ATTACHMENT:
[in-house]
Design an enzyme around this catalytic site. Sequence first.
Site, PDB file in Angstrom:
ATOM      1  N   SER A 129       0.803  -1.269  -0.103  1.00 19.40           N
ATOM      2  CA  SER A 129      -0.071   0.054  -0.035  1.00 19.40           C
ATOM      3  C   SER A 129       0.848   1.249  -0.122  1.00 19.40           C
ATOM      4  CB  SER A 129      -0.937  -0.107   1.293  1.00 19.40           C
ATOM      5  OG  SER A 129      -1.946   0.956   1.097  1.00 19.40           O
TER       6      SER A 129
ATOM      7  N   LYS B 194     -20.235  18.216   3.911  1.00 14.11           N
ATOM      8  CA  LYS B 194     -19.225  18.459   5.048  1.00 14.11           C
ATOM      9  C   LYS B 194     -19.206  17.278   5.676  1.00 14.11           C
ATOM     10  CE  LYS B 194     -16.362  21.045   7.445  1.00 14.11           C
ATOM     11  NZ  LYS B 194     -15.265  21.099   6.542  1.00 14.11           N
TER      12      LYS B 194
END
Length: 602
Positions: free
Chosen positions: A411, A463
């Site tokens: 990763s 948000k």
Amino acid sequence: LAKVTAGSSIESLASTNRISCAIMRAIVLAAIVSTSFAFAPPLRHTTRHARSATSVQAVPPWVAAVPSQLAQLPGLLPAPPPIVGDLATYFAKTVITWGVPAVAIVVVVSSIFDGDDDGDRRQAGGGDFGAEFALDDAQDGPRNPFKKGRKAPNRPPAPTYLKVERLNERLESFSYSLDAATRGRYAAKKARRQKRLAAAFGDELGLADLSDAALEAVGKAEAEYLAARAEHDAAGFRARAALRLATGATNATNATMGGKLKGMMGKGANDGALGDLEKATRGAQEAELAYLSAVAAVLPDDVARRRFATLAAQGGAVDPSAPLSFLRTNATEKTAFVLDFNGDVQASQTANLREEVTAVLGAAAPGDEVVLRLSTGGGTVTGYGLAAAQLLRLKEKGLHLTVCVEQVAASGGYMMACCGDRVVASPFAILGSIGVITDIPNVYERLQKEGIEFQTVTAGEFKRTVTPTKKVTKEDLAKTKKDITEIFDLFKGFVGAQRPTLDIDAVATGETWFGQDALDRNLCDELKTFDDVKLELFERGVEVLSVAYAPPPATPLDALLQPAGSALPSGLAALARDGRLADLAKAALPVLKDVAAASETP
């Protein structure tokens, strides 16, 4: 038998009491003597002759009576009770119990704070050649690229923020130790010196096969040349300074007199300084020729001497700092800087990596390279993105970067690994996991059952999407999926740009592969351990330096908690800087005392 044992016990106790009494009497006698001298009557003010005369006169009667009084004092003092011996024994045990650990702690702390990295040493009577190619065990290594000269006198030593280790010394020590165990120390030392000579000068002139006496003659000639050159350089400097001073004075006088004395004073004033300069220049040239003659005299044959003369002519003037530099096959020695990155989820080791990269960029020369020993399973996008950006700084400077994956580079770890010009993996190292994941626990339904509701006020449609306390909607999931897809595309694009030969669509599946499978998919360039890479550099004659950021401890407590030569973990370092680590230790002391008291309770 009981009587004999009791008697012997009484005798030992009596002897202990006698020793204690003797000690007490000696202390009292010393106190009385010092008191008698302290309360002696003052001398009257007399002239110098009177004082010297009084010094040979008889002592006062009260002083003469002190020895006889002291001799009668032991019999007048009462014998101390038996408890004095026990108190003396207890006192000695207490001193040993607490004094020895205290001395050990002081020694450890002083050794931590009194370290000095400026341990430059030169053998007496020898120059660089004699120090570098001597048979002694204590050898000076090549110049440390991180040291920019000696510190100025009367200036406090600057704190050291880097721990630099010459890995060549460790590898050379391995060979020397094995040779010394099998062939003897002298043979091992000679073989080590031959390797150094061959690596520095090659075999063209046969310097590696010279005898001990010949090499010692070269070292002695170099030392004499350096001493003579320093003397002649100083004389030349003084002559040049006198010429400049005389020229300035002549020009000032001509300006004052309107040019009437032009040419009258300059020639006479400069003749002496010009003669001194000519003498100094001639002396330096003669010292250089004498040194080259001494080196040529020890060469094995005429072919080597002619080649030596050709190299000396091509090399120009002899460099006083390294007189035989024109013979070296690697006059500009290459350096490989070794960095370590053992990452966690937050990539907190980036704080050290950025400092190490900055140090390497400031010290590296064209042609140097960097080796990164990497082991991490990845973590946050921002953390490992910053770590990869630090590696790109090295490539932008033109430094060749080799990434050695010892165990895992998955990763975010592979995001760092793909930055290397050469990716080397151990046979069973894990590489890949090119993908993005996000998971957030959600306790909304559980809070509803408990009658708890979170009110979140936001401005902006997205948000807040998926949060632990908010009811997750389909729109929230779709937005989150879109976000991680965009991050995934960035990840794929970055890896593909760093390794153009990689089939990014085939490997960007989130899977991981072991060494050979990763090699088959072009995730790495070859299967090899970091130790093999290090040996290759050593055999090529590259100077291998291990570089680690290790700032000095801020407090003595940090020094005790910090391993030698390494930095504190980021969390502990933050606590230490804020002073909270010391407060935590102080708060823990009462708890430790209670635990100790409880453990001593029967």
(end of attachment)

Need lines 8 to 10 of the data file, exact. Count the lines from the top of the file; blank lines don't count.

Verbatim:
ATOM      5  OG  SER A 129      -1.946   0.956   1.097  1.00 19.40           O
TER       6      SER A 129
ATOM      7  N   LYS B 194     -20.235  18.216   3.911  1.00 14.11           N